To properly understand this, we must look at the historical context.  As we read in the Acts, there was a group in the early Church called the “Judaizers,”1 which taught that Gentile converts to Christianity must be circumcised and follow the kosher laws.

Paul says in no uncertain terms that those trying to be saved through these Old Testament works of the Law have rejected Christ and lost their salvation.

The attitude of the Judaizers is contrasted with the faith of Abraham,2 who trusted and obeyed God even to the point of offering his own son, Isaac.  Paul’s point is not that our works have no bearing on our salvation, but rather that these particular Jewish rituals were not necessary for eternal life.

For the same Romans that teaches “a man is justified by faith apart from works of the law,”3 also says that God “shows no partiality … [for] he will render to everyone according to his works..” 4

There is no contradiction, as long as we correctly understand what Paul meant by the works of the law.

1 –  cf. Acts 15:1-6, etc.

2 –  Rom. 4:1ff

3 –  3:28

4 –  2:6-10


Liturgy of the Hours


For centuries Catholic priests, monks and nuns sanctified their days by praying the Psalms.  This practice was inherited from the Jews, who prayed at set times in the temple.  The Western Church was largely influenced by the Benedictine monks, who immersed themselves in the Psalms seven times each day, in addition to Mass and private prayer.

The Church today encourages the laity to pray a shorter form of this called the “Liturgy of the Hours.”  The two major parts of this are called morning prayer and evening prayer, and there are also readings for each day corresponding to the seasons of the Church’s liturgical calendar.

Praying the Liturgy of the Hours can be a powerful tool.  It helps us acquire the discipline of regular prayer and fills our hearts and minds with Scripture as we go about our days.  I once heard a priest say every single one of the priests he knew who had left the priesthood had stopped praying their daily office of prayer.

For more info talk to your priest or Catholic bookstore, and cover your household in spiritual protection each day with Mass, rosary, and the Liturgy of the Hours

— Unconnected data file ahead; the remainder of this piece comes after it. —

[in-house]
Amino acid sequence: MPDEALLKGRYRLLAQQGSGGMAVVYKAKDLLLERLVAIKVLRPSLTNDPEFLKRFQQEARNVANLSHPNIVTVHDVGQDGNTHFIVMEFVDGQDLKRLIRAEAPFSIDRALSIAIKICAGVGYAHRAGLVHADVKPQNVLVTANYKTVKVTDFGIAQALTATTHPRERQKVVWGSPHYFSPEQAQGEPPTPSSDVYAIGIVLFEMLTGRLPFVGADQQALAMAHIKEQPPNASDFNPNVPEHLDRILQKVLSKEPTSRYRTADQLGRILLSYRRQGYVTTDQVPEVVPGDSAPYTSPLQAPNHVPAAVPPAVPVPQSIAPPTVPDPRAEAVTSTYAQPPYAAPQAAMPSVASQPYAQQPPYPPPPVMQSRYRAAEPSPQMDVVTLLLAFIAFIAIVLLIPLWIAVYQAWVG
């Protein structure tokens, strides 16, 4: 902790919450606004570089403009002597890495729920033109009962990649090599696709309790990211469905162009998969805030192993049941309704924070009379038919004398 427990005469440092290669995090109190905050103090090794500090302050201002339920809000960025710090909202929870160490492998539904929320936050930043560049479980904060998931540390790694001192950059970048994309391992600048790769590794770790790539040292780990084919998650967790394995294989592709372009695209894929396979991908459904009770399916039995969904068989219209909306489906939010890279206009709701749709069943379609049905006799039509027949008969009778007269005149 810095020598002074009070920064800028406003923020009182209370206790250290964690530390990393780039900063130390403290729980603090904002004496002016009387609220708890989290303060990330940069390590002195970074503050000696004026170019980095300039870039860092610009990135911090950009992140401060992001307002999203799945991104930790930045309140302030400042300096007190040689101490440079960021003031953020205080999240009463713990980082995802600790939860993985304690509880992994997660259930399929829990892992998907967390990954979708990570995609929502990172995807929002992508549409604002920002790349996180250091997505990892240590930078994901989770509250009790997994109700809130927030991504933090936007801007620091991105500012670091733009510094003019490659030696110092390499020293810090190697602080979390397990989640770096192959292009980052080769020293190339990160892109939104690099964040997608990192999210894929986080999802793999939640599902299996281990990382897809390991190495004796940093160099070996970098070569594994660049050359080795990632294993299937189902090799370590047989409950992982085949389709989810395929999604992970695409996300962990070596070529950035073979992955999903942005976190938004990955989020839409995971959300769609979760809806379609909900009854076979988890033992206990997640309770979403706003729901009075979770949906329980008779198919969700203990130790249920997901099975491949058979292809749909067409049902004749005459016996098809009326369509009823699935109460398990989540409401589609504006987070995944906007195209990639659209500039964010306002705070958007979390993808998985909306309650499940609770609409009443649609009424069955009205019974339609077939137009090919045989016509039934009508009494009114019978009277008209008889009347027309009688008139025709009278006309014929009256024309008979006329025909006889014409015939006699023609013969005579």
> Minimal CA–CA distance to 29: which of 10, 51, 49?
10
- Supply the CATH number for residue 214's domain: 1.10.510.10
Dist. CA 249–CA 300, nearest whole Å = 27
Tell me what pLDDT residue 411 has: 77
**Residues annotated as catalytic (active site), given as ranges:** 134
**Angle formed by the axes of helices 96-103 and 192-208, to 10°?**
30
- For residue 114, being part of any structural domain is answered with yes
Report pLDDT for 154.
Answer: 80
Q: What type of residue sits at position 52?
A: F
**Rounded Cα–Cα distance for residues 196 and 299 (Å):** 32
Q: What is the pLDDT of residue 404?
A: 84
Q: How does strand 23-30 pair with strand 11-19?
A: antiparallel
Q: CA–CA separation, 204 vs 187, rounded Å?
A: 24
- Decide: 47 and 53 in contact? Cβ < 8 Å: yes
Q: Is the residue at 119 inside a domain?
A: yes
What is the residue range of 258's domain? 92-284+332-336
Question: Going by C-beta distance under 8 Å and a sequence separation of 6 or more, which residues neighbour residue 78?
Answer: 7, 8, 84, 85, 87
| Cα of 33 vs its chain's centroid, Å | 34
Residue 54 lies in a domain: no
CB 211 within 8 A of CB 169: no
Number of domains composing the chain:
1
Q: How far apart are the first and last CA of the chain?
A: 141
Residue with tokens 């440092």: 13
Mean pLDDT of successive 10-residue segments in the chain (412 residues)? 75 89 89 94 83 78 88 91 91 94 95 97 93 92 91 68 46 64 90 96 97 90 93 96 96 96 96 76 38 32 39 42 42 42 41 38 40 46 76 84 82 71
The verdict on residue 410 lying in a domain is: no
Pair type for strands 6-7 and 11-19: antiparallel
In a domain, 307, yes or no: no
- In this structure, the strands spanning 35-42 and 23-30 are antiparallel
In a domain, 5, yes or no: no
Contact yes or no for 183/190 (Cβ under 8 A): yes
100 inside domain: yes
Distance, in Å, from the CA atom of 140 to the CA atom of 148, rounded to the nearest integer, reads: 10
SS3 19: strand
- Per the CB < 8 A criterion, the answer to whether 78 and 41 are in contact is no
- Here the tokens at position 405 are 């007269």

Canon of Scripture

On this Faith Check, let’s talk a little about how we got God’s Holy Word.

The early Christians relied on the Greek translation of the Old Testament, which is the version most often quoted in the New Testament and the one Jesus probably heard growing up.  This version also includes the books that Protestants call the “Apocrypha” and typically don’t include in their Bibles.

It took a while for the Catholic Church to compile the New Testament.  Some books such as the 4 gospels were accepted by all, and others, such as the spurious gospels one hears about in The DaVinci Code were rejected by all. However, other books were completely orthodox but disputed, including some that weren’t ultimately included such as The Didache and others that were like Hebrews and Revelation.

The “canon”, which is the list of books that belong in the Bible, was determined primarily to say which books could and could not be read at the liturgy, and was largely settled by a series of Church councils approved by the Pope and bishops in the late 300s.1

Hence, when you trust in the inspiration of the Bible, you are trusting a Spirit-led decision of the Roman Catholic Church.

1 –  Council of Rome under Pope St. Damasus I [A.D. 382], Council of Hippo [A.D. 393], Council of Carthage [A.D. 397],
Epistle of Pope St. Innocent I to Bishop Exuperius [A.D. 405]